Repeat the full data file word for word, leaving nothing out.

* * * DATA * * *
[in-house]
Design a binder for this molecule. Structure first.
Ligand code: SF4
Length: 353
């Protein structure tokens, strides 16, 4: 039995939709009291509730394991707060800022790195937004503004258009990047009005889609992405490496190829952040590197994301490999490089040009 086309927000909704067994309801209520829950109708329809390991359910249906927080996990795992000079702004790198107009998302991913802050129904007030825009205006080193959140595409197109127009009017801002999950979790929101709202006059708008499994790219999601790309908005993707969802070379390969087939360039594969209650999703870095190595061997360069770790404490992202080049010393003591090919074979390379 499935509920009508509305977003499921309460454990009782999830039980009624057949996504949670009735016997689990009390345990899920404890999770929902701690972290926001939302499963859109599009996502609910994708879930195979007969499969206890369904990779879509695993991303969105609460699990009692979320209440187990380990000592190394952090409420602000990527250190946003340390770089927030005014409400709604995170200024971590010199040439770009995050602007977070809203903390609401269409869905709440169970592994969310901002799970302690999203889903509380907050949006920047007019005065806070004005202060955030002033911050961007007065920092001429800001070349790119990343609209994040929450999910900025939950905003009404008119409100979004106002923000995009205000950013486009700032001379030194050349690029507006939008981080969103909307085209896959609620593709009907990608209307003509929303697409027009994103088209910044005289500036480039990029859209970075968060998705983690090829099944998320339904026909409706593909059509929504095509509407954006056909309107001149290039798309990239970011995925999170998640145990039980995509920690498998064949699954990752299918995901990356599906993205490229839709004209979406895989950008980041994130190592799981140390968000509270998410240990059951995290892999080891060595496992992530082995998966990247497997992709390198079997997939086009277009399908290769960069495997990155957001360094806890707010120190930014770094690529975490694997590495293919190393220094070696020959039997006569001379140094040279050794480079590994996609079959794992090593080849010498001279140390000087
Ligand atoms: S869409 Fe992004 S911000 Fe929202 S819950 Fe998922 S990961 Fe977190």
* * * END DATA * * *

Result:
[in-house]
Design a binder for this molecule. Structure first.
Ligand code: SF4
Length: 353
């Protein structure tokens, strides 16, 4: 039995939709009291509730394991707060800022790195937004503004258009990047009005889609992405490496190829952040590197994301490999490089040009 086309927000909704067994309801209520829950109708329809390991359910249906927080996990795992000079702004790198107009998302991913802050129904007030825009205006080193959140595409197109127009009017801002999950979790929101709202006059708008499994790219999601790309908005993707969802070379390969087939360039594969209650999703870095190595061997360069770790404490992202080049010393003591090919074979390379 499935509920009508509305977003499921309460454990009782999830039980009624057949996504949670009735016997689990009390345990899920404890999770929902701690972290926001939302499963859109599009996502609910994708879930195979007969499969206890369904990779879509695993991303969105609460699990009692979320209440187990380990000592190394952090409420602000990527250190946003340390770089927030005014409400709604995170200024971590010199040439770009995050602007977070809203903390609401269409869905709440169970592994969310901002799970302690999203889903509380907050949006920047007019005065806070004005202060955030002033911050961007007065920092001429800001070349790119990343609209994040929450999910900025939950905003009404008119409100979004106002923000995009205000950013486009700032001379030194050349690029507006939008981080969103909307085209896959609620593709009907990608209307003509929303697409027009994103088209910044005289500036480039990029859209970075968060998705983690090829099944998320339904026909409706593909059509929504095509509407954006056909309107001149290039798309990239970011995925999170998640145990039980995509920690498998064949699954990752299918995901990356599906993205490229839709004209979406895989950008980041994130190592799981140390968000509270998410240990059951995290892999080891060595496992992530082995998966990247497997992709390198079997997939086009277009399908290769960069495997990155957001360094806890707010120190930014770094690529975490694997590495293919190393220094070696020959039997006569001379140094040279050794480079590994996609079959794992090593080849010498001279140390000087
Ligand atoms: S869409 Fe992004 S911000 Fe929202 S819950 Fe998922 S990961 Fe977190």